SOURCE: Smart Card Alliance

October 16, 2008 08:27 ET

Smart Card Alliance Paper Addresses Why Smart Cards Are Secure

PRINCETON JUNCTION, NJ--(Marketwire - October 16, 2008) - Smart card technology is becoming an important part of everyday life in the United States and throughout the Americas. Now the preferred technology for securing personal digital devices, it is used in electronic passports, contactless payment cards, transit fare cards, SIMs for cell phones, new ID cards issued to government and non-government employees -- the list goes on and on. But are they really secure? The Smart Card Alliance addresses this question with a new report that explains what makes smart cards secure in a white paper released today.

"What Makes a Smart Card Secure?" was developed by the Smart Card Alliance Contactless and Mobile Payment Council's Security Work Group to provide an overview of smart card security features and other security designs inherent in smart card-based systems. This free report is available on the Smart Card Alliance Web site.

"Smart card technology is an essential ingredient that brings a higher level of security to payment and identity systems worldwide," said Randy Vanderhoof, executive director of the Smart Card Alliance. "Our newest report details how smart card technology uses secure integrated circuits as the core of the technology, and explains the unique security benefits this provides to personal secure devices such as cards, USB tokens, SIM modules or embedded chips. Readers will also learn how smart card technology and secure microcontrollers enable additional system-level security measures, and how these multiple layers work together to better protect the system and its information from unauthorized users."

The white paper describes security considerations for organizations that are intending to deploy smart card technology for payment, security or identity applications. It answers the following questions:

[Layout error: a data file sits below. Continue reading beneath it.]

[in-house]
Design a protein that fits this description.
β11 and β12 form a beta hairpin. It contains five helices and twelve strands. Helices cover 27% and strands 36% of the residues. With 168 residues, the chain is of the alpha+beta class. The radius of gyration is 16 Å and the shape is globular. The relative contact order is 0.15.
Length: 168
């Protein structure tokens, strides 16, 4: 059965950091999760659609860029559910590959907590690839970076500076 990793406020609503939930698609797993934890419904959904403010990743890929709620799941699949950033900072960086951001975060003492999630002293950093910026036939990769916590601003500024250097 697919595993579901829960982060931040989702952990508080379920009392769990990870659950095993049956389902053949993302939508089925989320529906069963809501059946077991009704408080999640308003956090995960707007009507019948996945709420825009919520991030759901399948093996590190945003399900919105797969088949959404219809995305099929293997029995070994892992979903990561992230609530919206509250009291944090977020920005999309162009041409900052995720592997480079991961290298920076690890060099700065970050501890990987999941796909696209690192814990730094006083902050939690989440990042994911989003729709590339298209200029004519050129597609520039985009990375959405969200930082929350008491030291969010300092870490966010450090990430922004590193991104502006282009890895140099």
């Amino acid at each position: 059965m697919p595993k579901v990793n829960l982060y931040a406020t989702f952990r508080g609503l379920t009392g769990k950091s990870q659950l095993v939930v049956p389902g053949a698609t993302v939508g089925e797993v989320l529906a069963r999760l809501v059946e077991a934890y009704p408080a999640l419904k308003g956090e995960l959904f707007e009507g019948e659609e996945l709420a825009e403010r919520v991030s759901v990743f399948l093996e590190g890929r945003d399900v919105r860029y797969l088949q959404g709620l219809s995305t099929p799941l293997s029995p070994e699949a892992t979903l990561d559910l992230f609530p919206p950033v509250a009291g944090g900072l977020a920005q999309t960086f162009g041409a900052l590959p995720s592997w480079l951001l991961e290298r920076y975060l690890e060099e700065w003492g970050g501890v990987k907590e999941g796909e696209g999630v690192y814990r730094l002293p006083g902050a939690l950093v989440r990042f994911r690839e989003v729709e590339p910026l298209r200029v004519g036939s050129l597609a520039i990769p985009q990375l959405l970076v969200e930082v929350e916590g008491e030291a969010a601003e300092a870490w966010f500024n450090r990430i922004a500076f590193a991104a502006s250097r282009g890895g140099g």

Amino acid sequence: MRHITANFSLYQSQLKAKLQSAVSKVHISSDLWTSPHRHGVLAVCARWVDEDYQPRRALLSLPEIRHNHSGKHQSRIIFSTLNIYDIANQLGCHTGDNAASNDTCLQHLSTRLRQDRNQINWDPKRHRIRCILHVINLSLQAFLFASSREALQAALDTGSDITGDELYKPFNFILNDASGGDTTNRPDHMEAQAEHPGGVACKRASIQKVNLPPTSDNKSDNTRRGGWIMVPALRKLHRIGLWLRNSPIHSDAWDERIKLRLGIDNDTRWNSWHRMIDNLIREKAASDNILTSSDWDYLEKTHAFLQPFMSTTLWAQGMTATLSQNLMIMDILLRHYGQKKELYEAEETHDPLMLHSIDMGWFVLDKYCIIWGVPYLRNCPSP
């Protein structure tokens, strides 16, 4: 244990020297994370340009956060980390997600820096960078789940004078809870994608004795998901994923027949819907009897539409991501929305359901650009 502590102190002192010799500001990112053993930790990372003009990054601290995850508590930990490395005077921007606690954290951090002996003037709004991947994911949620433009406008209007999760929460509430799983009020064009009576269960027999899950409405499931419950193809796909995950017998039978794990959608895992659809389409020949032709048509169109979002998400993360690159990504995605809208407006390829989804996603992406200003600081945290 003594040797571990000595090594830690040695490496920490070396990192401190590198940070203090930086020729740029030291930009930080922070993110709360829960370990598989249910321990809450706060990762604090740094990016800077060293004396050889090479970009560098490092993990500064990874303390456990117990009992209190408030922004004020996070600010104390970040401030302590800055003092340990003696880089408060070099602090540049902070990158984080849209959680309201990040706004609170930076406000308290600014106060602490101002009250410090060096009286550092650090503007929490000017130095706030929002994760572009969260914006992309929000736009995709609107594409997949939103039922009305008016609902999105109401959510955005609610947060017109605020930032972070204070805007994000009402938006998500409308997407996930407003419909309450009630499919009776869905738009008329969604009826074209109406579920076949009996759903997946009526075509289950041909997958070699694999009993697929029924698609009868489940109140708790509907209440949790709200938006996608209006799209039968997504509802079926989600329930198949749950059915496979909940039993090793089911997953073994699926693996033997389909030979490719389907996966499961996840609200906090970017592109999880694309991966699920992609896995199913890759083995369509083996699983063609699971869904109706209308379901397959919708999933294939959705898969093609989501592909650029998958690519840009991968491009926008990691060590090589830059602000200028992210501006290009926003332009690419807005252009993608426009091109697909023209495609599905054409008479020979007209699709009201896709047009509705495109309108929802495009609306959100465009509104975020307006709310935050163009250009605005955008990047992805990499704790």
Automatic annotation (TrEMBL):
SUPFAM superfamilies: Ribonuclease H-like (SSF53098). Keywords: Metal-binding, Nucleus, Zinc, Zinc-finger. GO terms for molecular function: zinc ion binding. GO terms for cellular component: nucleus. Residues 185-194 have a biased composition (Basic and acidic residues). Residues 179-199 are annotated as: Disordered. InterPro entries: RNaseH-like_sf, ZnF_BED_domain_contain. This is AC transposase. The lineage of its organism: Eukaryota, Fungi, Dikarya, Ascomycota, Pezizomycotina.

--  Smart cards contain secure integrated circuits (IC).  What is a secure
    IC, and what types of secure ICs are used in smart cards?
--  What security features are designed into secure memory ICs and secure
    microcontrollers that protect data and thwart attempted attacks?
--  What is the impact of contact and contactless interfaces on security?
--  What types of cryptographic technologies are implemented with smart
    cards and how are they used to protect information and transactions?
--  How do smart cards fit into overall system security?  How is the
    financial industry using smart cards to improve the security of credit and
    debit payments?
--  What industry certifications and evaluations are available that
    organizations can use to gain confidence in the security implemented in
    various smart card products and in the interoperability of the technology
    among various component suppliers?
    

Smart Card Alliance Contactless and Mobile Payment Council members involved in the development of this report include Discover Financial Services, First Data Corporation, Giesecke & Devrient, IBM, IfD Consulting, Infineon Technologies, INSIDE Contactless, JCB International, NBS Technologies, NXP Semiconductors, Texas Instruments, Thales, Unisys, Venyon and ViVOtech.

About the Smart Card Alliance

The Smart Card Alliance is a not-for-profit, multi-industry association working to stimulate the understanding, adoption, use and widespread application of smart card technology. Through specific projects such as education programs, market research, advocacy, industry relations and open forums, the Alliance keeps its members connected to industry leaders and innovative thought. The Alliance is the single industry voice for smart cards, leading industry discussion on the impact and value of smart cards in the U.S. and Latin America. For more information please visit http://www.smartcardalliance.org.

About the Contactless and Mobile Payments Council

The Smart Card Alliance Contactless and Mobile Payments Council works to facilitate the adoption of contactless payment and mobile payment in the United States through education programs for consumers, merchants, issuers and mobile operators. The Council is made up of over 120 individuals from 48 organizations, bringing together payments industry leaders, merchants and technology providers.

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